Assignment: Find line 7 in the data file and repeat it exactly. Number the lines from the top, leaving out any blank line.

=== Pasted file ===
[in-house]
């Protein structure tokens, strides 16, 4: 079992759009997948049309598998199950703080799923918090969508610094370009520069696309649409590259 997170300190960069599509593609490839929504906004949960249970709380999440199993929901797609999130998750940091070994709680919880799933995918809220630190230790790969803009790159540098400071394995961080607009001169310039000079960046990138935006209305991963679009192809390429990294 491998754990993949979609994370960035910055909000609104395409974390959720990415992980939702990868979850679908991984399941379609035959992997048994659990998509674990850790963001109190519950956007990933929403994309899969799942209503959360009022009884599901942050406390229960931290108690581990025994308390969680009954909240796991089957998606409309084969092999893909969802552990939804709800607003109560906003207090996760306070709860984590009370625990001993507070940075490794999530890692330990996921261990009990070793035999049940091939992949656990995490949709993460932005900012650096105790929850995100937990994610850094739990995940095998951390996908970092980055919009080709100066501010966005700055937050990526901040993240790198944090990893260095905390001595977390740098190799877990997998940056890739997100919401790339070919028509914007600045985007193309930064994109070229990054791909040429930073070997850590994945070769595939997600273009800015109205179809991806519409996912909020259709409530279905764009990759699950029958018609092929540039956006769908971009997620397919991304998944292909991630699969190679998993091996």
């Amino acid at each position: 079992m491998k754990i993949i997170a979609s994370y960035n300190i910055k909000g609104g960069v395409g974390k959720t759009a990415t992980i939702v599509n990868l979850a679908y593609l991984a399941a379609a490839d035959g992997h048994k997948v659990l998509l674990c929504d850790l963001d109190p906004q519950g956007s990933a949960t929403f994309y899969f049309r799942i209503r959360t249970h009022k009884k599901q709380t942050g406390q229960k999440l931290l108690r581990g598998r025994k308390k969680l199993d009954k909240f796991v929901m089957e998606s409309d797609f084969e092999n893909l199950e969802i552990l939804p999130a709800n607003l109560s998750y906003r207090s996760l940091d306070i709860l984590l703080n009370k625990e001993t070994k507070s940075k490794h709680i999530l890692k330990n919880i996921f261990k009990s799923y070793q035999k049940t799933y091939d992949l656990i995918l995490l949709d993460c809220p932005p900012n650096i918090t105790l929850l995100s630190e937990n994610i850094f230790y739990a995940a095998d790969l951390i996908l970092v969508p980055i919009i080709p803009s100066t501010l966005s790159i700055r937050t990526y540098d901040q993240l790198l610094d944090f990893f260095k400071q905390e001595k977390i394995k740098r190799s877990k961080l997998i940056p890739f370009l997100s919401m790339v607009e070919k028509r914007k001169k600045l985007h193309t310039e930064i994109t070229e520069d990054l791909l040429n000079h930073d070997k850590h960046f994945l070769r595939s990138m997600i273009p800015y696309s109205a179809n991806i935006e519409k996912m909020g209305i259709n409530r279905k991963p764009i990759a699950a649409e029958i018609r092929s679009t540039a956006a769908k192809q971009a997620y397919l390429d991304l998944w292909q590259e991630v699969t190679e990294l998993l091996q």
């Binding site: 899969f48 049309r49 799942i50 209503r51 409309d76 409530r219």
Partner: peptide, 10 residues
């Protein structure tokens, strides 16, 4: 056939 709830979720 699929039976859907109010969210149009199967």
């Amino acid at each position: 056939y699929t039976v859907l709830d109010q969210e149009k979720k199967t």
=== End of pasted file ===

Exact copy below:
């Amino acid at each position: 056939y699929t039976v859907l709830d109010q969210e149009k979720k199967t």